13.03.2024 change 13.03.2024

Too much light at night harms human health, say experts

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Too much light at night not only interferes with astronomical observations and disrupts the behaviour of animals and plants, it can also threaten people, disrupting sleep, promoting obesity, depression and even cancer, said participants of the interdisciplinary seminar 'The Dark Side of Light - light pollution and its impact on our life'.

The seminar took place last week in Warsaw at the Office of the Commissioner for Human Rights.

According to experts, the human body is synchronised with the natural cycle of light and darkness, which is why excessive exposure to artificial light destabilizes the human biorhythm, may cause insomnia, chronic fatigue and overstimulation, and even aggravate mental disorders and neurological diseases.

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Dr. Dorota Wołyńczyk-Gmaj from the Medical University of Warsaw cited the results of research on the American population: people living in more illuminated areas fell asleep later, slept for shorter periods, were more sleepy during the day and more often suffered from circadian rhythm disorders. The brighter, bluer the light, and the longer it was on, the more problems it caused.

The effects of sleep deprivation can be surprising. For example, it has been shown that sleep-deprived men not only react more emotionally and aggressively, but also spend money more recklessly. Worse still, you can get used to the lack of sleep - but only seemingly, because despite feeling good, the results of cognitive tests remain worse than in people who are well-rested.

Excessive artificial light at night can lead to eye fatigue and reduced vision quality, which can be a particular problem for drivers. Especially if they are sleep deprived - a sleepless night causes the driver's reactions to be similar to those with 0.8 per mille blood alcohol.

Dr. Jadwiga Attier (geriatrician at Hospital de Saint-Quentin, France), who connected remotely with the conference participants, mentioned the role of artificial light in the lives of older people, who become less sensitive to light with age due to changes in their eyes and brain. While blue light can have a stimulating effect on them during the day, after 7 p.m. such light should be limited and calming red light should be used instead. In France, children learn how to avoid excessive exposure to light from ubiquitous screens.

Under the influence of artificial lighting, the secretion of melatonin, the sleep hormone, is inhibited. No wonder that the best known effects of light pollution include sleep disorders, said Dr. Małgorzata Fornal-Pawłowska (Insomnia Therapy Office, School of Cognitive-Behavioral Psychotherapy, SWPS University). According to her recommendations, to sleep well, one should go to bed around 10 p.m., avoid using screen devices such as TVs or phones for at least an hour beforehand, and, of course, refrain from taking a phone to bed. Once the disorders occur, following these rules is not enough and insomnia therapy becomes necessary.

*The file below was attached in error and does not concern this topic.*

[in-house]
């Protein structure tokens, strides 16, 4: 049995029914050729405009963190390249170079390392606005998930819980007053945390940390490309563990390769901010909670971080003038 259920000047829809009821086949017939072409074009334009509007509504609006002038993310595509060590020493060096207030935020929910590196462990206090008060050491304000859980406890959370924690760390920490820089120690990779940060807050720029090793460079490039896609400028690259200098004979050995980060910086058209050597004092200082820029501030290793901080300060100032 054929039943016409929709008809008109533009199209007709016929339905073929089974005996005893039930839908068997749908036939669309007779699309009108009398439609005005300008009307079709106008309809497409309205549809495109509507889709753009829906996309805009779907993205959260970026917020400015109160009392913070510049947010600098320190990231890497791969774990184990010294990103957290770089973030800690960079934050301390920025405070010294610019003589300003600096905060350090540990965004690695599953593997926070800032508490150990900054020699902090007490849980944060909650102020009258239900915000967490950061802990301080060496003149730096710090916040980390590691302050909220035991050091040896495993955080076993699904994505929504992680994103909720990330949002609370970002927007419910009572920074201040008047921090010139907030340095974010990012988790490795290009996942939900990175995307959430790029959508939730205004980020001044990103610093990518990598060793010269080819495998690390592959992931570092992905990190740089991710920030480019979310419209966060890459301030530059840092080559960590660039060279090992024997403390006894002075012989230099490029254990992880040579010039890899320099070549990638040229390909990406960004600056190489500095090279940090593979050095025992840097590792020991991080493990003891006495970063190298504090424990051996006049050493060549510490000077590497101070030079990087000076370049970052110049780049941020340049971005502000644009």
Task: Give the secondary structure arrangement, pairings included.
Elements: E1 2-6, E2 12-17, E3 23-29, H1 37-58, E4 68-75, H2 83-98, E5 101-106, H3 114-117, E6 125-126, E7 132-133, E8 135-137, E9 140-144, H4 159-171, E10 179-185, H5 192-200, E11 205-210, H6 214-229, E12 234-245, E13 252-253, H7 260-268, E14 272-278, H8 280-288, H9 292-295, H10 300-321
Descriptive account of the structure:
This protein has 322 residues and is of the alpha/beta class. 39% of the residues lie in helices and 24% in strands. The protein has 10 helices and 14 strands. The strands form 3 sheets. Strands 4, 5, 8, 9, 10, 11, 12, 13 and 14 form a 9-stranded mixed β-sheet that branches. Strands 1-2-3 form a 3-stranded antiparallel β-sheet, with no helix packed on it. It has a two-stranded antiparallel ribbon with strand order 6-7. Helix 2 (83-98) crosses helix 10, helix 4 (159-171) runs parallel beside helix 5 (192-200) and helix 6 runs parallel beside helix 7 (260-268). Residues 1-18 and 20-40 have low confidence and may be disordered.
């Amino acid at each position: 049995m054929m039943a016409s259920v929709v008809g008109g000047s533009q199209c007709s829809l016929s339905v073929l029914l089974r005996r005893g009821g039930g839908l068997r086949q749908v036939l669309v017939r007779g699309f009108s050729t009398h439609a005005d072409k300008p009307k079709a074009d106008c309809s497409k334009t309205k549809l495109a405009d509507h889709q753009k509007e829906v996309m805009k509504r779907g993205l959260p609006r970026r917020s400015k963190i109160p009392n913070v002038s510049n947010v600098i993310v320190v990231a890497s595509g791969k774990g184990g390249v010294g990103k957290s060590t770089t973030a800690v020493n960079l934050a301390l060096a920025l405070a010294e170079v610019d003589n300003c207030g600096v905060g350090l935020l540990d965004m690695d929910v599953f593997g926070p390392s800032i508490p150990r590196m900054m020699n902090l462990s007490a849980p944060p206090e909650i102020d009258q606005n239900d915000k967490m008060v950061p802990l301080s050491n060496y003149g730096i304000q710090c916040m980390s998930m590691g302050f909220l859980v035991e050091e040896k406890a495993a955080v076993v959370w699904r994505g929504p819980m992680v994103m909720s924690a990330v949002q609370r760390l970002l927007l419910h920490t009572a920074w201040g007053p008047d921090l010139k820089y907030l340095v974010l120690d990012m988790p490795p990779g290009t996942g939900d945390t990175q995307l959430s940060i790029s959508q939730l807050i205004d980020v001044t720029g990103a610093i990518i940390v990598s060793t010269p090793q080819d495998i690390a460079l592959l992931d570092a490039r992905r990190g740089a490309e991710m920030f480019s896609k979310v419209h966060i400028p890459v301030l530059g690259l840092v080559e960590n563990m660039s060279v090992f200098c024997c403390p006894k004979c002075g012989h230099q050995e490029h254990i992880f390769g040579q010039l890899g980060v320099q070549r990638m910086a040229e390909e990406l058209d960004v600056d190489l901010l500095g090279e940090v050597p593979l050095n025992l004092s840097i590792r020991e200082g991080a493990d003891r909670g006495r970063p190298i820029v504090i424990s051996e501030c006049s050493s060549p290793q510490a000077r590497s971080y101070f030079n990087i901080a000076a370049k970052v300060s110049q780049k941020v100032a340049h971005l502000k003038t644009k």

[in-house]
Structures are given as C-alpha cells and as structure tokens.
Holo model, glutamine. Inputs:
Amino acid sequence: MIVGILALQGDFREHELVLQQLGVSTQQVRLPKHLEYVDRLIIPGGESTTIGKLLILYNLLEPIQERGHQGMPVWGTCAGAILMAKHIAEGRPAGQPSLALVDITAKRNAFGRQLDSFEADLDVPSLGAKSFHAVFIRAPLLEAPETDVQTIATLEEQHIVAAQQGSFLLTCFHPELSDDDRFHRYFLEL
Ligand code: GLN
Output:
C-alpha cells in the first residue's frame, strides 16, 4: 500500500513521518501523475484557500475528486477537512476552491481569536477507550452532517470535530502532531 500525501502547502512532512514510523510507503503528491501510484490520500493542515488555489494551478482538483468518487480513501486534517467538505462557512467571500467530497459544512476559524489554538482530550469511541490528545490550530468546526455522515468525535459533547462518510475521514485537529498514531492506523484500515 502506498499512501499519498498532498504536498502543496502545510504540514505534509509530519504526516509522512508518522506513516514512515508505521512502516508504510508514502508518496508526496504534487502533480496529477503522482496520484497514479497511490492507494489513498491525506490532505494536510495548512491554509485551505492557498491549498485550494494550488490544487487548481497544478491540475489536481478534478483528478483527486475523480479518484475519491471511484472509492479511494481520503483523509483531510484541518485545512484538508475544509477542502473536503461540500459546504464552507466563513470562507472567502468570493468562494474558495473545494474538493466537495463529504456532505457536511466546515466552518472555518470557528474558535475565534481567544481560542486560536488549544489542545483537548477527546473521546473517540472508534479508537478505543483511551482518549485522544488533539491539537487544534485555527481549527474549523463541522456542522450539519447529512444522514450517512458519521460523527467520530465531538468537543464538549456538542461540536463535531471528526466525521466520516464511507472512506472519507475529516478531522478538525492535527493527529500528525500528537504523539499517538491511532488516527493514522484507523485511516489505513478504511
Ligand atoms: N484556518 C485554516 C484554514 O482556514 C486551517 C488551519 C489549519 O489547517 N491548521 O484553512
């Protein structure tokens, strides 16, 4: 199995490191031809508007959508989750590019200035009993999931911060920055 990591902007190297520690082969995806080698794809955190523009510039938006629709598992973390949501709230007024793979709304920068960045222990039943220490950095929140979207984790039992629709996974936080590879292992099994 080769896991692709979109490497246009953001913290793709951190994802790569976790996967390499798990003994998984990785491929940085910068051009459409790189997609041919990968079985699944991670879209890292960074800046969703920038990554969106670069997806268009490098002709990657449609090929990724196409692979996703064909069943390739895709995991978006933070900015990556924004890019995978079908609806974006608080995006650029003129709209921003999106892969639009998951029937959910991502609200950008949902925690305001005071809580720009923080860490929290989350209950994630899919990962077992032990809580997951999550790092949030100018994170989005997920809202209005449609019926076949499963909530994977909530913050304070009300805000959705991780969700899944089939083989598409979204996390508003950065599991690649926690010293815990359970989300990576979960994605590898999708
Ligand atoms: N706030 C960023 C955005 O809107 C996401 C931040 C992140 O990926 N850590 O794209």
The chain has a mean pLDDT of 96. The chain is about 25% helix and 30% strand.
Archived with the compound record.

According to Dr. Paweł Gać (Wroclaw Medical University), excess light, especially blue light, can have many harmful effects. It increases the risk of diabetes, depression and suicide, as well as heart disease, breast, prostate and lung cancer. Excessive artificial light at night, for example, contributed to the spread of Covid-19 because it disrupted biological rhythms, leading to decreased immunity.

A study conducted a few years ago by the Institute of Cancer Research in London on approximately 110,000 women showed that body mass index (BMI) was higher in those who slept in bright rooms.

Experts emphasised that in the case of high-energy ultraviolet light, used, for example, in tanning salons or when hardening nail polish, direct tissue damage and accelerated skin ageing may occur (which is why a protective fingerless glove should be worn on the hand exposed to nail irradiation).

To combat light pollution, standards are needed specifying the maximum permissible parameters of disturbing light (e.g. LED) from external lighting devices. There are no such regulations in Poland, as the Commissioner for Human Rights, Professor Marcin Wiącek pointed out.

Writing on his website, he said: ’There are simple, technical ways to reduce the harmful effects of LED lighting. However, to apply them and guarantee citizens' constitutional right to health care, a change in the law is needed. Light pollution should be limited and the lighting of public spaces should be regulated in accordance with the principle of sustainable development.’

Since the regulations do not specify the permissible intensity of external lighting, the Commissioner for Human Rights turned to the Minister of Development and Technology on this matter. (PAP)

Paweł Wernicki

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